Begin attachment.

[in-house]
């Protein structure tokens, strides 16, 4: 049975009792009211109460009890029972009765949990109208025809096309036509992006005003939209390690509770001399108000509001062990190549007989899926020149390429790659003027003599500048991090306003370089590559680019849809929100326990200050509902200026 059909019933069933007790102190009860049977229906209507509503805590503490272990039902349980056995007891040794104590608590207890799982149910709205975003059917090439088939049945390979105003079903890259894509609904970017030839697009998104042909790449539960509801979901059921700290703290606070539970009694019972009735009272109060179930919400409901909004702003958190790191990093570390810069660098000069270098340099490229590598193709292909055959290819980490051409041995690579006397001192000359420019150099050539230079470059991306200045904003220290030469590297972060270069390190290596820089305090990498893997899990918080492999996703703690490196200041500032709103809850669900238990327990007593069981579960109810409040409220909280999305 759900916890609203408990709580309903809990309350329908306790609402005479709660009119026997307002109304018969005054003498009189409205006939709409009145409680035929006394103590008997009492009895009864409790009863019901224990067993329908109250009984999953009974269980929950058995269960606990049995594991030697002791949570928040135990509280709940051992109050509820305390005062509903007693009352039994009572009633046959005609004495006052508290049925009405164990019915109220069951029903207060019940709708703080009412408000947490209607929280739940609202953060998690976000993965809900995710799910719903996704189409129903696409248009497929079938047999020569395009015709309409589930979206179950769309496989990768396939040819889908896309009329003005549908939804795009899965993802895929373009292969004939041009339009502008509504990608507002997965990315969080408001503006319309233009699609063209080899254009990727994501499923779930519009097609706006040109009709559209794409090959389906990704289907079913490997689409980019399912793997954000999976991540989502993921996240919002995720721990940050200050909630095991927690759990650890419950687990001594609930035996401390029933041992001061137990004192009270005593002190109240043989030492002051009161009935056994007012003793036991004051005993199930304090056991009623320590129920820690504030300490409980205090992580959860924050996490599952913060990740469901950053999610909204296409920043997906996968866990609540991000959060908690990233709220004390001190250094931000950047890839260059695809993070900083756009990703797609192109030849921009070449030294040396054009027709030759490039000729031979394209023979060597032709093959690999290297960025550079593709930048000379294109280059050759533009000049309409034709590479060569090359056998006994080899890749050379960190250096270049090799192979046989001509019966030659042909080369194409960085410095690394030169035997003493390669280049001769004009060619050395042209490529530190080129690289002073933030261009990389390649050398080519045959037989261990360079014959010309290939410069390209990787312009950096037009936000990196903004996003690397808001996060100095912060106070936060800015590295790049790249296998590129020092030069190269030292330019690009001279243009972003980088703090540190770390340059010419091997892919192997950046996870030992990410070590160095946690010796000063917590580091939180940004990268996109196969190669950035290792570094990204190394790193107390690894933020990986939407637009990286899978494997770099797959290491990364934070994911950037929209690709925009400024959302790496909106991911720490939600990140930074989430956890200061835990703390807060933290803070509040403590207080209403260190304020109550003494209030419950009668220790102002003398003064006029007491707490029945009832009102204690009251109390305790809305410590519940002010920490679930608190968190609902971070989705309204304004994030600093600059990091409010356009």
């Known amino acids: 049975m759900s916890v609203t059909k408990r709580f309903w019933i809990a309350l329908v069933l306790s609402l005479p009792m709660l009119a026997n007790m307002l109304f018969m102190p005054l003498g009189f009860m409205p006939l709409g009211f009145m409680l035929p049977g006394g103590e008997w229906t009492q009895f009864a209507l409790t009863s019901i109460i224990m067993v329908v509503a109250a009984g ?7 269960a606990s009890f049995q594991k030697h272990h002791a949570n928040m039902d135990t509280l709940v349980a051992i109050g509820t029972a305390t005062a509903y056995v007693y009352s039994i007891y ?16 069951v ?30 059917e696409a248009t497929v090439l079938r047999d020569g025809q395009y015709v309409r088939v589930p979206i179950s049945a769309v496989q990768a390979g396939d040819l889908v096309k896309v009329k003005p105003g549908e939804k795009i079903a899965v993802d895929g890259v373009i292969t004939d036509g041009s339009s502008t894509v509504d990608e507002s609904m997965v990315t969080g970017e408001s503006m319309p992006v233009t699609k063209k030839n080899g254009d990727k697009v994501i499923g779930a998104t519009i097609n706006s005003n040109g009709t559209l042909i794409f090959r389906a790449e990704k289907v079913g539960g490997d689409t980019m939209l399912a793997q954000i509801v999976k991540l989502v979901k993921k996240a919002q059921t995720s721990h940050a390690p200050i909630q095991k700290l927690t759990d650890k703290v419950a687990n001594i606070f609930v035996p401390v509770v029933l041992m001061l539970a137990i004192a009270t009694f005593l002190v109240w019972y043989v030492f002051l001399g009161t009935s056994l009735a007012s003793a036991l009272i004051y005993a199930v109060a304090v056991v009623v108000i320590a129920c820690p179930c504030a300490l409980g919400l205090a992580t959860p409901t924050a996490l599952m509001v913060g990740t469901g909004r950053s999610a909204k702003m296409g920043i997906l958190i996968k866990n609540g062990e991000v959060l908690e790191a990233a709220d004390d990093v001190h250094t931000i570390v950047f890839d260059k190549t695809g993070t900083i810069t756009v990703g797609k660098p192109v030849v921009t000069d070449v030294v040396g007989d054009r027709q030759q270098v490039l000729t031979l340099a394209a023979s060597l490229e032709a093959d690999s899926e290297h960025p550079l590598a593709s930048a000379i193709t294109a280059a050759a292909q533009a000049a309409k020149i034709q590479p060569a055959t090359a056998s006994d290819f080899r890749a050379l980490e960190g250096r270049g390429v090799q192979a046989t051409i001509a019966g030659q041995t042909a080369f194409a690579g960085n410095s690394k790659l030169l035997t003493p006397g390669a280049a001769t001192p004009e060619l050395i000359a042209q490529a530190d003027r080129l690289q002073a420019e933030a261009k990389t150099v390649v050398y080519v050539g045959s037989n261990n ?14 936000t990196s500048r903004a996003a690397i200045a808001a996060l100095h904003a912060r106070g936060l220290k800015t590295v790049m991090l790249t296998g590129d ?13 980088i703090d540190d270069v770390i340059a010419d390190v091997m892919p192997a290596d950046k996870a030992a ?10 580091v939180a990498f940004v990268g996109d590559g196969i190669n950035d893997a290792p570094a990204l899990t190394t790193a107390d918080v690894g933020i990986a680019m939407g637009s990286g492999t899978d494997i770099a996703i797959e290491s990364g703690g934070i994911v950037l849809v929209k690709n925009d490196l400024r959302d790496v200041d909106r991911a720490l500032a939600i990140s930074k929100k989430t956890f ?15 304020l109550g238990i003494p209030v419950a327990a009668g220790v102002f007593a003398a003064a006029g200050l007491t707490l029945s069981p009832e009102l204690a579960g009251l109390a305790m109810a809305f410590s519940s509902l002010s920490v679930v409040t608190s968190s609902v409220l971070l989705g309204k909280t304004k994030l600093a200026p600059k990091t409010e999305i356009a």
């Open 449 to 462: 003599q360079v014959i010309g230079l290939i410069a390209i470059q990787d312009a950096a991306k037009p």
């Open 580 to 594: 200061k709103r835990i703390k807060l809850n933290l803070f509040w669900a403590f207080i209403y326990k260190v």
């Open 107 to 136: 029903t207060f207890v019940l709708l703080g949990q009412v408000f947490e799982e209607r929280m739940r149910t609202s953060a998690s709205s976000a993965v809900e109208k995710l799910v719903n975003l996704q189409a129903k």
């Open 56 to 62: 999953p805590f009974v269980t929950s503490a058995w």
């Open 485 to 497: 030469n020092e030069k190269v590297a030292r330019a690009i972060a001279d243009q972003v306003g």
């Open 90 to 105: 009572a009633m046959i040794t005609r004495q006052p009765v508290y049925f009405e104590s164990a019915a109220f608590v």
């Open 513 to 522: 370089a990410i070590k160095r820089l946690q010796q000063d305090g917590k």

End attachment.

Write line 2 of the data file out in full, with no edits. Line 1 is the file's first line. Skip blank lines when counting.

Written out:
């Protein structure tokens, strides 16, 4: 049975009792009211109460009890029972009765949990109208025809096309036509992006005003939209390690509770001399108000509001062990190549007989899926020149390429790659003027003599500048991090306003370089590559680019849809929100326990200050509902200026 059909019933069933007790102190009860049977229906209507509503805590503490272990039902349980056995007891040794104590608590207890799982149910709205975003059917090439088939049945390979105003079903890259894509609904970017030839697009998104042909790449539960509801979901059921700290703290606070539970009694019972009735009272109060179930919400409901909004702003958190790191990093570390810069660098000069270098340099490229590598193709292909055959290819980490051409041995690579006397001192000359420019150099050539230079470059991306200045904003220290030469590297972060270069390190290596820089305090990498893997899990918080492999996703703690490196200041500032709103809850669900238990327990007593069981579960109810409040409220909280999305 759900916890609203408990709580309903809990309350329908306790609402005479709660009119026997307002109304018969005054003498009189409205006939709409009145409680035929006394103590008997009492009895009864409790009863019901224990067993329908109250009984999953009974269980929950058995269960606990049995594991030697002791949570928040135990509280709940051992109050509820305390005062509903007693009352039994009572009633046959005609004495006052508290049925009405164990019915109220069951029903207060019940709708703080009412408000947490209607929280739940609202953060998690976000993965809900995710799910719903996704189409129903696409248009497929079938047999020569395009015709309409589930979206179950769309496989990768396939040819889908896309009329003005549908939804795009899965993802895929373009292969004939041009339009502008509504990608507002997965990315969080408001503006319309233009699609063209080899254009990727994501499923779930519009097609706006040109009709559209794409090959389906990704289907079913490997689409980019399912793997954000999976991540989502993921996240919002995720721990940050200050909630095991927690759990650890419950687990001594609930035996401390029933041992001061137990004192009270005593002190109240043989030492002051009161009935056994007012003793036991004051005993199930304090056991009623320590129920820690504030300490409980205090992580959860924050996490599952913060990740469901950053999610909204296409920043997906996968866990609540991000959060908690990233709220004390001190250094931000950047890839260059695809993070900083756009990703797609192109030849921009070449030294040396054009027709030759490039000729031979394209023979060597032709093959690999290297960025550079593709930048000379294109280059050759533009000049309409034709590479060569090359056998006994080899890749050379960190250096270049090799192979046989001509019966030659042909080369194409960085410095690394030169035997003493390669280049001769004009060619050395042209490529530190080129690289002073933030261009990389390649050398080519045959037989261990360079014959010309290939410069390209990787312009950096037009936000990196903004996003690397808001996060100095912060106070936060800015590295790049790249296998590129020092030069190269030292330019690009001279243009972003980088703090540190770390340059010419091997892919192997950046996870030992990410070590160095946690010796000063917590580091939180940004990268996109196969190669950035290792570094990204190394790193107390690894933020990986939407637009990286899978494997770099797959290491990364934070994911950037929209690709925009400024959302790496909106991911720490939600990140930074989430956890200061835990703390807060933290803070509040403590207080209403260190304020109550003494209030419950009668220790102002003398003064006029007491707490029945009832009102204690009251109390305790809305410590519940002010920490679930608190968190609902971070989705309204304004994030600093600059990091409010356009």